New Sensor Protects Army Helicopters From Small Arms

The U.S. Army is in the early phases of a fleet-wide technology upgrade for its helicopter defensive systems.

The U.S. Army is in the early phases of a fleet-wide technology upgrade of its Common Missile Warning System, or CMWS — helicopter sensors that can provide detection against small arms fire in addition to missile threats.

So far, the Army has ordered 1,300 CMWS Generation 3 systems, technology which improves the processing power of the original system to add small arms fire detection technology, said Bill Staib, director of threat management solutions, BAE.

The existing or prior CMWS technology, now installed across the Army’s helicopter fleet of Apaches, Chinooks, Kiowas and others, places five ultraviolet sensors around the skin of the aircraft in order to detect incoming missiles.

The sensors are connected to an on-board computer, called an electronic control unit, which then helps the helicopter change course to avoid the missile or send out flares to divert the incoming threat off course.

“CMWS Gen 3 gives us a significant improvement in the processing capability which allows us to do a lot more with the software.  With a lot more processing power we not only have the latest missile warning algorithms but also have the hostile fire indication allowing us to detect small arms fire and RPGs,” Staib explained.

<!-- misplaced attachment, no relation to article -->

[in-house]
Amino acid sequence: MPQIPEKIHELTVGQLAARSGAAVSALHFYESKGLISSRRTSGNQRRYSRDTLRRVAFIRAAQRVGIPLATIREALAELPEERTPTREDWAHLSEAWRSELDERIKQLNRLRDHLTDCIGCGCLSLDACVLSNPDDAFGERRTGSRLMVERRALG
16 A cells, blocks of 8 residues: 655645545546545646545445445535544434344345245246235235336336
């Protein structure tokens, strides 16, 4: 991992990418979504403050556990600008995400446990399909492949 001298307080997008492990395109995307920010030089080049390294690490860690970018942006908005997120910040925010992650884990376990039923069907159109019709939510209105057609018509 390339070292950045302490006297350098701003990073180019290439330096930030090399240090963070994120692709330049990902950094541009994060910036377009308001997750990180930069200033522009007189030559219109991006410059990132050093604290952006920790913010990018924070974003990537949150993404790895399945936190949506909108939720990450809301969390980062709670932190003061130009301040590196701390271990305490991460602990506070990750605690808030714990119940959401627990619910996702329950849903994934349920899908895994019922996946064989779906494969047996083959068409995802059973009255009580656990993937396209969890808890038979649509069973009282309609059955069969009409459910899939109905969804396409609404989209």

With the additional processing power, the UV sensors are able to provide information about multiple classes of small arms fire, including RPGs, he added.

CMWS Gen 3, which does not add any additional hardware or weight to the system, is engineered at a BAE facility in Nashua, N.H. So far, the systems are installed on more than 200 aircraft in Afghanistan, a fielding effort which began in October of last year, Staib said.

BAE has delivered about 400 of the 1300 CMWS Gen 3 systems ordered so far and plans to outfit the entire Army fleet of about 2,000 CMWS systems.

CMWS Gen 3 was live-fire tested by the Army last summer and in 2012, Staib added.

The system is also configured to integrate with the Army’s Common Infrared Countermeasures, or CIRCM, a lightweight sensor and laser-jammer system designed to identify incoming missiles and throw them off course.

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Kris Osborn
Kris Osborn is the managing editor of Scout Warrior.